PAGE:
Add these to ANY plan as long as you’re a student:
Evenings start at 6PM for free for 3 years
Home Calling Zone for $5 off/month for 3years
If you sign up for 3 years with $15 or $20 Value Pack, you get $5 off each month for 3 years [remember, $15 value pack includes unlimited web browsing and $100 off any vision phone]

$25 + $6.95 + $0.50 + tax
100 Weekday Minutes
1000 Evening/Weekend Minutes starting at 9pm
500 Incoming Minutes
My5 + 5 (so 10) Local

$45 + $6.95 + $0.50 tax
450 Weekday Minutess
Unlimited Evening/Weekend Minutes starting at 9pm
Unlimited Incoming Minutes
My5 + 5 (so 10) Canada-Wide

Telus
$35 + $6.95 + 0.75 + tax
200 Weekday Minutes
Unlimited Evening/Weekend Minutes starting at 6pm
MyFaves 10 Canada-Wide
Unlimited Web Browsing on PCS devices (not smartphones)

$50 + $6.95 + 0.75 + tax
200 Weekday Minutes
Unlimited Evenings/Weekend Minutes starting at 6pm
MyFaves 10 Canada-Wide
Unlimited Web Browsing, E-mail (PDA smartphones and blackberries only), and Instant Messaging

Bell

$25 + $8.95 + $0.75 + tax
100 Local anytime minutes
Unlimited local calling and texting with 10 numbers
Unlimited local night and weekend (9 p.m. – 7 a.m.)
Call Waiting, Conference Calling

$35 + $8.95 + $0.75 + tax
250 Local anytime minutes
Unlimited local night and weekend (9 p.m. – 7 a.m.)
Unlimited local and Canadian long distance calling and text messaging to your 10 favourite numbers
500 sent and unlimited received picture and video messages
Call Waiting, Conference Calling

$45 + $8.95 + $0.75 + tax
350 + 100 Local anytime minutes
Unlimited local night and weekend (6pm – 7am.)
Unlimited local and Canadian long distance calling and text messaging to your 10 favourite numbers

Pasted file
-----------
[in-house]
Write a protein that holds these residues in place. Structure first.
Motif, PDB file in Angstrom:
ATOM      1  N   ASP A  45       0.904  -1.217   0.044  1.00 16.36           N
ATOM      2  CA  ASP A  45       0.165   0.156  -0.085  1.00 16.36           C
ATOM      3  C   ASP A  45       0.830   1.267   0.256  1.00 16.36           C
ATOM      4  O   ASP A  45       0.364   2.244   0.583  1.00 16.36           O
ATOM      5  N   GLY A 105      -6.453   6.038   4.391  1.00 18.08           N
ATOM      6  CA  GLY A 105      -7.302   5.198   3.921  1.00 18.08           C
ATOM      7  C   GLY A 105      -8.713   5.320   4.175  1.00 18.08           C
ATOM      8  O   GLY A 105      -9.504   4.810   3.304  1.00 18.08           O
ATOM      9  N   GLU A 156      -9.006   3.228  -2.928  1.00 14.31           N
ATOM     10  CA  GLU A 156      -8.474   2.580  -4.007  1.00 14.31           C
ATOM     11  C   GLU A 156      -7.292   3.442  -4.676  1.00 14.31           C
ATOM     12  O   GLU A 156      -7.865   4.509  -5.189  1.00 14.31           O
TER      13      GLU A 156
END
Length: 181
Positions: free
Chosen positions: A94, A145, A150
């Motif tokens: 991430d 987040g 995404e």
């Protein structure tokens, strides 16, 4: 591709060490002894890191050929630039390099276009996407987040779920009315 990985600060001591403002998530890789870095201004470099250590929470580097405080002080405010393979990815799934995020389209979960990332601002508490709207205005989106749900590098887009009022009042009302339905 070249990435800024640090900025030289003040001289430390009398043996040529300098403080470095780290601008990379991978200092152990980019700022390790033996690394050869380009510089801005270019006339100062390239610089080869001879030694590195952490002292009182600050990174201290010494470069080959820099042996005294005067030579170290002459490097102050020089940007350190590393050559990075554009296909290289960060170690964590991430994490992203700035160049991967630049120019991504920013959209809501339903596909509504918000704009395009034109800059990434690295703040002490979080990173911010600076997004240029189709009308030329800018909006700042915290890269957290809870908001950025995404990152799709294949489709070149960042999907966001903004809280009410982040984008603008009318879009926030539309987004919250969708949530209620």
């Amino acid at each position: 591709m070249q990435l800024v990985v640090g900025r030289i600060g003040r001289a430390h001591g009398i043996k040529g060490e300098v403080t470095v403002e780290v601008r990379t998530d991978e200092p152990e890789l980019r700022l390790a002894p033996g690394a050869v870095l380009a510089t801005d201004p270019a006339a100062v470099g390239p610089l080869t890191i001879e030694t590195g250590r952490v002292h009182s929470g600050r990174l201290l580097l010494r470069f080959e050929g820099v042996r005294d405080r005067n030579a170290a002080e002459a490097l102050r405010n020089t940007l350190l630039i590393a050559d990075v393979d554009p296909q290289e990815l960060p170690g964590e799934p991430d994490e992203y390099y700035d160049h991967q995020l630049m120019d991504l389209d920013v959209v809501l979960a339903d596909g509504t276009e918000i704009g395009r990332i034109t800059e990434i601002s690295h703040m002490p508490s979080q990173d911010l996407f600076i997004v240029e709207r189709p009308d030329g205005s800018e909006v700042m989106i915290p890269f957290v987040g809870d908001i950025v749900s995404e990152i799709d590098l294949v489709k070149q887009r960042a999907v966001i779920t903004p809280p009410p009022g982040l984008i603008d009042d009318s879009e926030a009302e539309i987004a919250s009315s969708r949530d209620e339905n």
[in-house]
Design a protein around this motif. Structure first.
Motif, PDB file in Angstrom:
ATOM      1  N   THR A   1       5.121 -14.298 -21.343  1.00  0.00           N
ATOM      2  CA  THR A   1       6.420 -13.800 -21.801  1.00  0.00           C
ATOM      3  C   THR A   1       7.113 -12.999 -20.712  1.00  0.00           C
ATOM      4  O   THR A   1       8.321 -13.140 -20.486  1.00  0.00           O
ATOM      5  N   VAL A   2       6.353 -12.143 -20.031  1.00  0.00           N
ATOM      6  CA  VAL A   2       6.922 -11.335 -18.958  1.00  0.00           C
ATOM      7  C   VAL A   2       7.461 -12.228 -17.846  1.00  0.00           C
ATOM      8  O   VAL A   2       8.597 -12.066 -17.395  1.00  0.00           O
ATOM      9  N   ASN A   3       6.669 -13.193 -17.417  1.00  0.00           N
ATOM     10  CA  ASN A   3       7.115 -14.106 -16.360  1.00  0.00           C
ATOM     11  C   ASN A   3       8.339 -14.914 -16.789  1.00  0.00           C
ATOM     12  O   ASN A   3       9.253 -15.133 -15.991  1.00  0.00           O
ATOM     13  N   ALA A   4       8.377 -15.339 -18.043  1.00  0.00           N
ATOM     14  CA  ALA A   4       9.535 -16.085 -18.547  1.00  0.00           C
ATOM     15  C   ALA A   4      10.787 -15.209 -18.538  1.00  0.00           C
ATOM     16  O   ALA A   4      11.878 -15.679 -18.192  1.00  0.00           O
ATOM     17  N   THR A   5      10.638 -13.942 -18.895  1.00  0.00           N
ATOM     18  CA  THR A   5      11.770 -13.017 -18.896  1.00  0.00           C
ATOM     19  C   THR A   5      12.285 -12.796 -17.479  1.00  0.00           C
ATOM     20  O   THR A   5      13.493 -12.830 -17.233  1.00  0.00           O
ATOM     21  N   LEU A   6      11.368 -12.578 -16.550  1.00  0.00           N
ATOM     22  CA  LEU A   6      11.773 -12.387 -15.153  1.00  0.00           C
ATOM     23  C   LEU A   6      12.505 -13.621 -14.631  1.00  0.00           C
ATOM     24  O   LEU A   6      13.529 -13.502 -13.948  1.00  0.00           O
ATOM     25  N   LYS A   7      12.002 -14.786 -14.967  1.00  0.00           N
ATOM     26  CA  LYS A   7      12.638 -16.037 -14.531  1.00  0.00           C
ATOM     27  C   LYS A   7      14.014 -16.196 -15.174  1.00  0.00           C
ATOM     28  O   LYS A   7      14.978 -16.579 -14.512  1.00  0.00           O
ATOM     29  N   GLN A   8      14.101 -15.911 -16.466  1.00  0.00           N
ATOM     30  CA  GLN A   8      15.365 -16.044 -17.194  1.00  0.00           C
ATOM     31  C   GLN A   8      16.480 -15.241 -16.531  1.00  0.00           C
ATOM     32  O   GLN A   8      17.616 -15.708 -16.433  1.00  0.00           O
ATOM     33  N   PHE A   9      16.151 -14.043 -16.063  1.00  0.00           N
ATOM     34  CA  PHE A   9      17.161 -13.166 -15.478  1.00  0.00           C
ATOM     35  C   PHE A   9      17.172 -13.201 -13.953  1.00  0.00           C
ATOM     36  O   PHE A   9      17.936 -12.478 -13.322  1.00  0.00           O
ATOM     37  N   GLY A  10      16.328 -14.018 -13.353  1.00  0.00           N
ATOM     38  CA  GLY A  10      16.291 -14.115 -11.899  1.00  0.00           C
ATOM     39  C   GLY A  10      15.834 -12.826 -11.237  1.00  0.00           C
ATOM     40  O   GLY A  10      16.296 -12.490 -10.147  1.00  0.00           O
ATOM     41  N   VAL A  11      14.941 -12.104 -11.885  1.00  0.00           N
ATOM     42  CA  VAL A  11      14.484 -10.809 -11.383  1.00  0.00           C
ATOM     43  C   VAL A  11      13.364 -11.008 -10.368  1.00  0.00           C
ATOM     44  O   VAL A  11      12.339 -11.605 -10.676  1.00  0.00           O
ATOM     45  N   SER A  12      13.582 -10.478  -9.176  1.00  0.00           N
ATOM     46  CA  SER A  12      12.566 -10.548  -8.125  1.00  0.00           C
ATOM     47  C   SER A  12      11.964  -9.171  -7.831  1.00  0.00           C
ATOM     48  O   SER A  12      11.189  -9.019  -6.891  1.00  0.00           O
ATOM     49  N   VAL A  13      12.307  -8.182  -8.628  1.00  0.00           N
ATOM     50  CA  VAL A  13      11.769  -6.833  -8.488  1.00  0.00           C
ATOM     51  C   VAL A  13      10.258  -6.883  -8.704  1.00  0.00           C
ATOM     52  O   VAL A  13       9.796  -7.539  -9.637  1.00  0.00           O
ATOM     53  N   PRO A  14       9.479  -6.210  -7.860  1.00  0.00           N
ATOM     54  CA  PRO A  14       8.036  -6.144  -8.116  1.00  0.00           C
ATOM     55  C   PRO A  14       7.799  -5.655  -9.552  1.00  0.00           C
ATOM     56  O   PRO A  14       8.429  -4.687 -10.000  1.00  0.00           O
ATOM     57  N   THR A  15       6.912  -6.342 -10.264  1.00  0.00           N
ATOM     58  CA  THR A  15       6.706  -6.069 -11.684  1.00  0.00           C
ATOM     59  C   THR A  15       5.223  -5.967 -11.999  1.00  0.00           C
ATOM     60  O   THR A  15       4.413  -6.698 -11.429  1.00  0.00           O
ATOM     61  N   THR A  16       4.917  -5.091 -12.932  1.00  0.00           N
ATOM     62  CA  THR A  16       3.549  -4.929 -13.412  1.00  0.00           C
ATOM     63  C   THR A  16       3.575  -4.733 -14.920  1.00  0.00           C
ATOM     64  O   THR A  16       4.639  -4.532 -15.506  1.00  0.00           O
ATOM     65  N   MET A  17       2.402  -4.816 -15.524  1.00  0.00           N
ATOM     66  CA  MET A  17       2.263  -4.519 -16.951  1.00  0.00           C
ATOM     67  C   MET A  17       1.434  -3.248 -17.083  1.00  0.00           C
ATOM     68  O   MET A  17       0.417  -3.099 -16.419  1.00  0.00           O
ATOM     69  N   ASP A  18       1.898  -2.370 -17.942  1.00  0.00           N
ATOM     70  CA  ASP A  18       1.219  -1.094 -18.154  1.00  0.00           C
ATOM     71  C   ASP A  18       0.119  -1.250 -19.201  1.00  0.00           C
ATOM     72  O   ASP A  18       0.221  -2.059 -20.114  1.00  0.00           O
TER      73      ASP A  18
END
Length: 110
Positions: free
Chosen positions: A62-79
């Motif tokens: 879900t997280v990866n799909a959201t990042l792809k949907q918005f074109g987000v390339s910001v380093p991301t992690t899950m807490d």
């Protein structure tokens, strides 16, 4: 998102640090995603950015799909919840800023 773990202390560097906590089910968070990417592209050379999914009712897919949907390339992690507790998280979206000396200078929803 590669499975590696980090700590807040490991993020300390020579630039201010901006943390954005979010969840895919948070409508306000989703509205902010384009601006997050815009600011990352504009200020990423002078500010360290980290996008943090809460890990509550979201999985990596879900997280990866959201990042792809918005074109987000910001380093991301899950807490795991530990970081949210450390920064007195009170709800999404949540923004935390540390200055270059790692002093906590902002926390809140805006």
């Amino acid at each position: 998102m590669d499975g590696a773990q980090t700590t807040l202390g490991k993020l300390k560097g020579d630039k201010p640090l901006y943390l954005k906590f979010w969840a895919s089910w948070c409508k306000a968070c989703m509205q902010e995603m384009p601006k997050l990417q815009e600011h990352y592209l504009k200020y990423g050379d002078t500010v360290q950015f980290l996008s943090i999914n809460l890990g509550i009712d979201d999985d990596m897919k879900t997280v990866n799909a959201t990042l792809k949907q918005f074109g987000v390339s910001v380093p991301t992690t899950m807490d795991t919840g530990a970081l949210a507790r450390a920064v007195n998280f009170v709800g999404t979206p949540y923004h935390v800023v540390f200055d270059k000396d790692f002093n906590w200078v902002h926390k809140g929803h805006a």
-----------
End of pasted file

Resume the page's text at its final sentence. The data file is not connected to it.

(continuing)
500 sent and unlimited received picture and video messages
Call Display, Message Centre Express, Call Waiting, Conference Calling

(DEAD) $40 + $8.95 + 0.75 + tax
250 Weekday Minutes
100 Canadian Long Distance Minutes
Unlimited Evening/Weekend Minutes starting at 9 PM
Unlimited Local Incoming Calls
Unlimited Mobile Browsing in Core Network areas (100 minutes in other areas)
Call Display

Virgin
$35 + tax: myCrew 35

* 200 Anytime Minutes
* Unlimited Evening and Weekend Calling Starting at 7pm
* Unlimited Nationwide Talk and Text to 5 Buddies
* Bonus – Get 5 Extra Buddies for 10 in total
* No System Access Fee, No Activation Fee

$45 + tax: myCrew 45

* 400 Anytime Minutes
* Unlimited Evening and Weekend Calling Starting at 7pm
* Unlimited Nationwide Talk and Text to 5 Buddies
* Bonus – Get 5 Extra Buddies for 10 in total
* No System Access Fee, No Activation Fee
Limited Time myTimeTM Bonus

Want unlimited 9-5 calling? Now you can get 8 hours of unlimited daily calling with myTimeTM.

$35 + tax: myTime 35

* 200 Anytime Minutes
* Unlimited Calling within the daily 6-hour calling block
* Unlimited Calling all day Saturday and Sunday
* Bonus – Get 2 Extra hours for a total 8-hour calling block
* No System Access Fee, No Activation Fee